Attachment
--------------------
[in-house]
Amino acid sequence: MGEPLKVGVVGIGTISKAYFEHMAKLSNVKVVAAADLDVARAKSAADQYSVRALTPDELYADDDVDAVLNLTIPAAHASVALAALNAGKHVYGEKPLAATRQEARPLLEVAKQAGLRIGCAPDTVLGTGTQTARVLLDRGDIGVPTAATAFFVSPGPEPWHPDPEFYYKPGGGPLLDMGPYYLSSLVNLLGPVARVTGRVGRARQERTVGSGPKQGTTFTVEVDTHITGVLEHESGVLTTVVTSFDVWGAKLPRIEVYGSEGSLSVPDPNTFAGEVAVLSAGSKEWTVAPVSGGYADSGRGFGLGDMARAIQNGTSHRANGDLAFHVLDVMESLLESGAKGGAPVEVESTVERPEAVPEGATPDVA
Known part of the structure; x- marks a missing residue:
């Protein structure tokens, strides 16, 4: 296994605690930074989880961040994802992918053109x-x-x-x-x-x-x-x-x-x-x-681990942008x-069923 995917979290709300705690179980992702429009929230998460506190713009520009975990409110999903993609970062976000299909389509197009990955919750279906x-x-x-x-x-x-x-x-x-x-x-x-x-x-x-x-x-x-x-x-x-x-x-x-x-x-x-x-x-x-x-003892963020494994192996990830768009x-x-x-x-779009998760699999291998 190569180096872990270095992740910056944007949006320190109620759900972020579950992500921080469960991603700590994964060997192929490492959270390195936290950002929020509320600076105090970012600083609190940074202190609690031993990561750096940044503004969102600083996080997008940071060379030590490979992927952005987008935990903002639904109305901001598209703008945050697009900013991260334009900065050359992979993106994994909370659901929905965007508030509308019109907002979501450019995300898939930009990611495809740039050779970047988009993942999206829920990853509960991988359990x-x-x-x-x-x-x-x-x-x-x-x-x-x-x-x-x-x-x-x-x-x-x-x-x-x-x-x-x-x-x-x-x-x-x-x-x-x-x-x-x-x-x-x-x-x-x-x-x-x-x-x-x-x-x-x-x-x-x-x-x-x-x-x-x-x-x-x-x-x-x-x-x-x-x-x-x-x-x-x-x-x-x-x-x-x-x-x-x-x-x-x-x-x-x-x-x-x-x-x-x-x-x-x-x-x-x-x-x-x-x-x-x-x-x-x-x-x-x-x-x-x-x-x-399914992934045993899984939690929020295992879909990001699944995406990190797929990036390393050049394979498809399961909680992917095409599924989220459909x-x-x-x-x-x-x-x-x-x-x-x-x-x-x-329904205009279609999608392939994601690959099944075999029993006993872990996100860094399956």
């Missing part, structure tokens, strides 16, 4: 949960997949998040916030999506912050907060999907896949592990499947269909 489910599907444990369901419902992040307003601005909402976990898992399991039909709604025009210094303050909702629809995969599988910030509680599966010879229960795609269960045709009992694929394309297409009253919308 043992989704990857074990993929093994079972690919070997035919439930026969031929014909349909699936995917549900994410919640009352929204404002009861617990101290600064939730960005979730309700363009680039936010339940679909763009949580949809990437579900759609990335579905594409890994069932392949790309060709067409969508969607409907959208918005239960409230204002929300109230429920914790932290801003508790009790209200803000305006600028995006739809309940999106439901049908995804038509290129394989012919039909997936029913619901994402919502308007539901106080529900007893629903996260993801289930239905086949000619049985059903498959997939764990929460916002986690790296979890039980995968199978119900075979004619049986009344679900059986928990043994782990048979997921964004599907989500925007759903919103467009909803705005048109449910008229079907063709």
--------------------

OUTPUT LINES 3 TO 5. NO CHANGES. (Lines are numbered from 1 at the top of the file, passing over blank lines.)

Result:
Known part of the structure; x- marks a missing residue:
């Protein structure tokens, strides 16, 4: 296994605690930074989880961040994802992918053109x-x-x-x-x-x-x-x-x-x-x-681990942008x-069923 995917979290709300705690179980992702429009929230998460506190713009520009975990409110999903993609970062976000299909389509197009990955919750279906x-x-x-x-x-x-x-x-x-x-x-x-x-x-x-x-x-x-x-x-x-x-x-x-x-x-x-x-x-x-x-003892963020494994192996990830768009x-x-x-x-779009998760699999291998 190569180096872990270095992740910056944007949006320190109620759900972020579950992500921080469960991603700590994964060997192929490492959270390195936290950002929020509320600076105090970012600083609190940074202190609690031993990561750096940044503004969102600083996080997008940071060379030590490979992927952005987008935990903002639904109305901001598209703008945050697009900013991260334009900065050359992979993106994994909370659901929905965007508030509308019109907002979501450019995300898939930009990611495809740039050779970047988009993942999206829920990853509960991988359990x-x-x-x-x-x-x-x-x-x-x-x-x-x-x-x-x-x-x-x-x-x-x-x-x-x-x-x-x-x-x-x-x-x-x-x-x-x-x-x-x-x-x-x-x-x-x-x-x-x-x-x-x-x-x-x-x-x-x-x-x-x-x-x-x-x-x-x-x-x-x-x-x-x-x-x-x-x-x-x-x-x-x-x-x-x-x-x-x-x-x-x-x-x-x-x-x-x-x-x-x-x-x-x-x-x-x-x-x-x-x-x-x-x-x-x-x-x-x-x-x-x-x-x-399914992934045993899984939690929020295992879909990001699944995406990190797929990036390393050049394979498809399961909680992917095409599924989220459909x-x-x-x-x-x-x-x-x-x-x-x-x-x-x-329904205009279609999608392939994601690959099944075999029993006993872990996100860094399956």
């Missing part, structure tokens, strides 16, 4: 949960997949998040916030999506912050907060999907896949592990499947269909 489910599907444990369901419902992040307003601005909402976990898992399991039909709604025009210094303050909702629809995969599988910030509680599966010879229960795609269960045709009992694929394309297409009253919308 043992989704990857074990993929093994079972690919070997035919439930026969031929014909349909699936995917549900994410919640009352929204404002009861617990101290600064939730960005979730309700363009680039936010339940679909763009949580949809990437579900759609990335579905594409890994069932392949790309060709067409969508969607409907959208918005239960409230204002929300109230429920914790932290801003508790009790209200803000305006600028995006739809309940999106439901049908995804038509290129394989012919039909997936029913619901994402919502308007539901106080529900007893629903996260993801289930239905086949000619049985059903498959997939764990929460916002986690790296979890039980995968199978119900075979004619049986009344679900059986928990043994782990048979997921964004599907989500925007759903919103467009909803705005048109449910008229079907063709």